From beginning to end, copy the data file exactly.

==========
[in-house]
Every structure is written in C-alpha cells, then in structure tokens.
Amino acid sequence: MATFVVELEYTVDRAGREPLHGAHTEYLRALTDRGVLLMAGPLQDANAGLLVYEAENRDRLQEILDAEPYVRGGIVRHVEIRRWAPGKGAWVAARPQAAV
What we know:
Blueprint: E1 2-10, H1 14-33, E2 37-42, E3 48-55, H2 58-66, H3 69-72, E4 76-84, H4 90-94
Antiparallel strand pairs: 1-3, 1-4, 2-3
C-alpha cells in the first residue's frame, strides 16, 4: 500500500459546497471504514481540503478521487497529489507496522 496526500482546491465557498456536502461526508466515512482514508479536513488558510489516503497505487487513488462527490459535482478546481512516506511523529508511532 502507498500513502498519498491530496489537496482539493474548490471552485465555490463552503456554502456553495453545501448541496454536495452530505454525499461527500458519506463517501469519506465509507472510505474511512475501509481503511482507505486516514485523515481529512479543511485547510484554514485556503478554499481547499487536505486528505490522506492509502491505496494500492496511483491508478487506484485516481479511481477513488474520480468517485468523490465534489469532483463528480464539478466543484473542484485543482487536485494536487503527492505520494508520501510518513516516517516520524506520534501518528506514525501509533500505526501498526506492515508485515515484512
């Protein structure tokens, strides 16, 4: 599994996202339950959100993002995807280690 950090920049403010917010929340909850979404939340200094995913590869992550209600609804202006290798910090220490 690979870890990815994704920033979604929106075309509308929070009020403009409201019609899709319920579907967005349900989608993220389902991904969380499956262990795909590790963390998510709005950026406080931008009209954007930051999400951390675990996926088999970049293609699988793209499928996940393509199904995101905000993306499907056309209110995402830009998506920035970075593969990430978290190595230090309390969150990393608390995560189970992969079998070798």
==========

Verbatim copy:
[in-house]
Every structure is written in C-alpha cells, then in structure tokens.
Amino acid sequence: MATFVVELEYTVDRAGREPLHGAHTEYLRALTDRGVLLMAGPLQDANAGLLVYEAENRDRLQEILDAEPYVRGGIVRHVEIRRWAPGKGAWVAARPQAAV
What we know:
Blueprint: E1 2-10, H1 14-33, E2 37-42, E3 48-55, H2 58-66, H3 69-72, E4 76-84, H4 90-94
Antiparallel strand pairs: 1-3, 1-4, 2-3
C-alpha cells in the first residue's frame, strides 16, 4: 500500500459546497471504514481540503478521487497529489507496522 496526500482546491465557498456536502461526508466515512482514508479536513488558510489516503497505487487513488462527490459535482478546481512516506511523529508511532 502507498500513502498519498491530496489537496482539493474548490471552485465555490463552503456554502456553495453545501448541496454536495452530505454525499461527500458519506463517501469519506465509507472510505474511512475501509481503511482507505486516514485523515481529512479543511485547510484554514485556503478554499481547499487536505486528505490522506492509502491505496494500492496511483491508478487506484485516481479511481477513488474520480468517485468523490465534489469532483463528480464539478466543484473542484485543482487536485494536487503527492505520494508520501510518513516516517516520524506520534501518528506514525501509533500505526501498526506492515508485515515484512
């Protein structure tokens, strides 16, 4: 599994996202339950959100993002995807280690 950090920049403010917010929340909850979404939340200094995913590869992550209600609804202006290798910090220490 690979870890990815994704920033979604929106075309509308929070009020403009409201019609899709319920579907967005349900989608993220389902991904969380499956262990795909590790963390998510709005950026406080931008009209954007930051999400951390675990996926088999970049293609699988793209499928996940393509199904995101905000993306499907056309209110995402830009998506920035970075593969990430978290190595230090309390969150990393608390995560189970992969079998070798």